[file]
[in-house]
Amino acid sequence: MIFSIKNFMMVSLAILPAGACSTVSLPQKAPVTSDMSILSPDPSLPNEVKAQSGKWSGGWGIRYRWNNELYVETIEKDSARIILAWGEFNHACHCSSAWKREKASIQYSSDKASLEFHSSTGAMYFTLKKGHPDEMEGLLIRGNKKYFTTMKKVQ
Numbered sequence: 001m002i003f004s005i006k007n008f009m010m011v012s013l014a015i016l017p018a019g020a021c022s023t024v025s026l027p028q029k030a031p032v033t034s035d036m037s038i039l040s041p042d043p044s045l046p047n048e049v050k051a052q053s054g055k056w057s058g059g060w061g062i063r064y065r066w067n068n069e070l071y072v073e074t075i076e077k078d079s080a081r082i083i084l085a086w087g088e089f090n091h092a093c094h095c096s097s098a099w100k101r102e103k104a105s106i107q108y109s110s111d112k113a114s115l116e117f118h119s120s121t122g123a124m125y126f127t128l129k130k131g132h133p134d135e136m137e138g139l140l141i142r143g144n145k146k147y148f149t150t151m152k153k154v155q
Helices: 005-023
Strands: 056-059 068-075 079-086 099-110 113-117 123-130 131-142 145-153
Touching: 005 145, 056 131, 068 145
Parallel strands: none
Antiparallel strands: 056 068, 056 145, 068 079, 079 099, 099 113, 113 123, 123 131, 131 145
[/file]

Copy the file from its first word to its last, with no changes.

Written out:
[in-house]
Amino acid sequence: MIFSIKNFMMVSLAILPAGACSTVSLPQKAPVTSDMSILSPDPSLPNEVKAQSGKWSGGWGIRYRWNNELYVETIEKDSARIILAWGEFNHACHCSSAWKREKASIQYSSDKASLEFHSSTGAMYFTLKKGHPDEMEGLLIRGNKKYFTTMKKVQ
Numbered sequence: 001m002i003f004s005i006k007n008f009m010m011v012s013l014a015i016l017p018a019g020a021c022s023t024v025s026l027p028q029k030a031p032v033t034s035d036m037s038i039l040s041p042d043p044s045l046p047n048e049v050k051a052q053s054g055k056w057s058g059g060w061g062i063r064y065r066w067n068n069e070l071y072v073e074t075i076e077k078d079s080a081r082i083i084l085a086w087g088e089f090n091h092a093c094h095c096s097s098a099w100k101r102e103k104a105s106i107q108y109s110s111d112k113a114s115l116e117f118h119s120s121t122g123a124m125y126f127t128l129k130k131g132h133p134d135e136m137e138g139l140l141i142r143g144n145k146k147y148f149t150t151m152k153k154v155q
Helices: 005-023
Strands: 056-059 068-075 079-086 099-110 113-117 123-130 131-142 145-153
Touching: 005 145, 056 131, 068 145
Parallel strands: none
Antiparallel strands: 056 068, 056 145, 068 079, 079 099, 099 113, 113 123, 123 131, 131 145